You want it; I want it; everyone wants it. It’s Bitcoin! For the last couple of years, Bitcoin has been on the rise. Ever since Elon Musk tweeted out that he believed Bitcoin was the future of currency, people have started investing in it like crazy. Despite the massive investment and an undeniable rise in interest in cryptocurrency, there is so much we still don’t know about Bitcoin. It was built in 2009 by an anonymous person/ persons under the alias Satoshi Nakamoto. While the currency flew under the radar during its early years, its value skyrocketed in 2017. And given the supply cap at 21 million Bitcoins, its value is only expected to continue rising. So, what is Bitcoin, and where did it come from?
What is Bitcoin?
Bitcoin is a peer-to-peer, decentralized cryptocurrency. That means it is not regulated by one institution or organization and can be traded on free markets worldwide. Every Bitcoin transaction that has ever been made globally exists on a public ledger accessible to everyone. Despite being labeled as a “currency,” there is no physical proof of its existence, and like other cryptocurrencies, Bitcoin is not regulated by the government.
How does Bitcoin work?
At its core, bitcoin uses two fundamental technologies. The first is public-key cryptography which allows users to send and receive encrypted messages. The second is blockchain technology which Nakamoto initially developed for trading Bitcoin securely. A blockchain is a collection of data that are grouped into blocks. Each block contains detailed records of bitcoin transactions, including the date, time, buyer, seller, volume, and a unique code used to authorize the exchange.
The exchange takes place via peer-to-peer (PtP) networks, meaning that it’s sent directly from one person to another without any third-party service. It works similar to how banks send money across continents via vast server farms all connected through a central hub, with each node working at lightning speeds. These transactions are then recorded on the blockchain. And since the blockchain is completely decentralized, everyone with a link to the blockchain can add to it. As more and more people add blocks to the blockchain, your information will also get updated over time.
Is Bitcoin secure?
The idea that anyone can add or edit the blockchain may seem like a security breach waiting to happen. But on the contrary, it’s what makes blockchain and bitcoin so secure. For a transaction block to be added to the blockchain, it must be certified by a large majority of Bitcoin holders. In addition, the codes which are used to authorize Bitcoin transactions must adhere to the encryption standards set for Bitcoin. Statistically speaking, a person has a better chance of winning the lottery nine times in a row than being able to guess the codes for a Bitcoin transaction. But in the unlikely event someone cracked the system, Bitcoin miners would branch off to a new blockchain.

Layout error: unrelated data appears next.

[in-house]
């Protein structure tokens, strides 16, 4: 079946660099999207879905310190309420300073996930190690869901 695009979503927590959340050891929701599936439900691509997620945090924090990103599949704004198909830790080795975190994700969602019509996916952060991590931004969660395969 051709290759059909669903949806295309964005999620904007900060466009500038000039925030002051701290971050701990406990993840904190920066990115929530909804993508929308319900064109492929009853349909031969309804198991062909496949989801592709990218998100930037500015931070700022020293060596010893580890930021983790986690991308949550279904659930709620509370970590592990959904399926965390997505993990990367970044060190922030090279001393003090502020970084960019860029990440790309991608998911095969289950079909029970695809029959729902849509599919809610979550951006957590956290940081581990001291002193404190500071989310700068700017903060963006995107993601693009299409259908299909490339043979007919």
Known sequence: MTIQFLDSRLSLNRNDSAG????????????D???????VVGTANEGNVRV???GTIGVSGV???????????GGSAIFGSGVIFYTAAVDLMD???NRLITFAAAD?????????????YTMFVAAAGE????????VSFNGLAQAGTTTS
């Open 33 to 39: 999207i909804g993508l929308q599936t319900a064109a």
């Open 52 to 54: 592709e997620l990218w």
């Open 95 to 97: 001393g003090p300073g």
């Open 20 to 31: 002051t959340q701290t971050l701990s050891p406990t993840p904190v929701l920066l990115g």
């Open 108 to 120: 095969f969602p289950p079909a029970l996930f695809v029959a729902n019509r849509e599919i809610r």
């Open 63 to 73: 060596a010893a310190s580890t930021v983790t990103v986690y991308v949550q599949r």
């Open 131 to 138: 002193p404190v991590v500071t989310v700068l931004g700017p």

What else do I need to know?
It may sound simple enough, but people are still struggling to get their heads around Bitcoin. And with so many new cryptocurrencies out there all offering something different, it’s no wonder people are finding things a little difficult to understand these days! Here are some facts about Bitcoin that you need to know:
– Only 21 million bitcoins will ever exist. This hard cap was kept by Nakamoto when creating Bitcoin.
– The value of one single Bitcoin started at under $20 but has now skyrocketed above $60,000. The ever-increasing demand and a limited supply of 21 million means that its value will continue rising over the coming years.
– Bitcoin is already being accepted by several governments worldwide as an official currency for trading goods and services. However, it’s still unregulated, meaning there aren’t any laws about how you can or cannot use them! In other words, they’re open to being used anonymously without anyone knowing unless someone chooses to report their transactions on public forums like blockchain.
Will Bitcoin ever replace real currency?
While Bitcoin is a great idea and has its fair share of benefits, it’s not necessarily replacing real currency anytime soon. This isn’t just because you can’t use Bitcoins as a medium of exchange, but mainly there aren’t enough people using cryptocurrencies yet! And the ones who are still don’t have much faith in their value over time.
Yet, the most significant barrier to using Bitcoin as a real currency is not its fluctuating value but rather its creator. To date, nobody knows who Satoshi Nakamoto is. This is one of the most significant reasons many people have a hard time believing in cryptocurrencies. Since there is so much we don’t know about Bitcoin, the risks associated are huge. How can we know that the creator didn’t include a code that would eventually render Bitcoin and blockchain technology useless?
Any commodity to replace currency needs to be secure, have the same value over time (disregarding inflation), and be accessible to people worldwide. However, Bitcoin fulfills none of those standards. Would you spend $5 if you knew that its value could increase to $10 tomorrow morning? Or conversely, would you accept $5 if you knew its value could decrease to $4 tomorrow?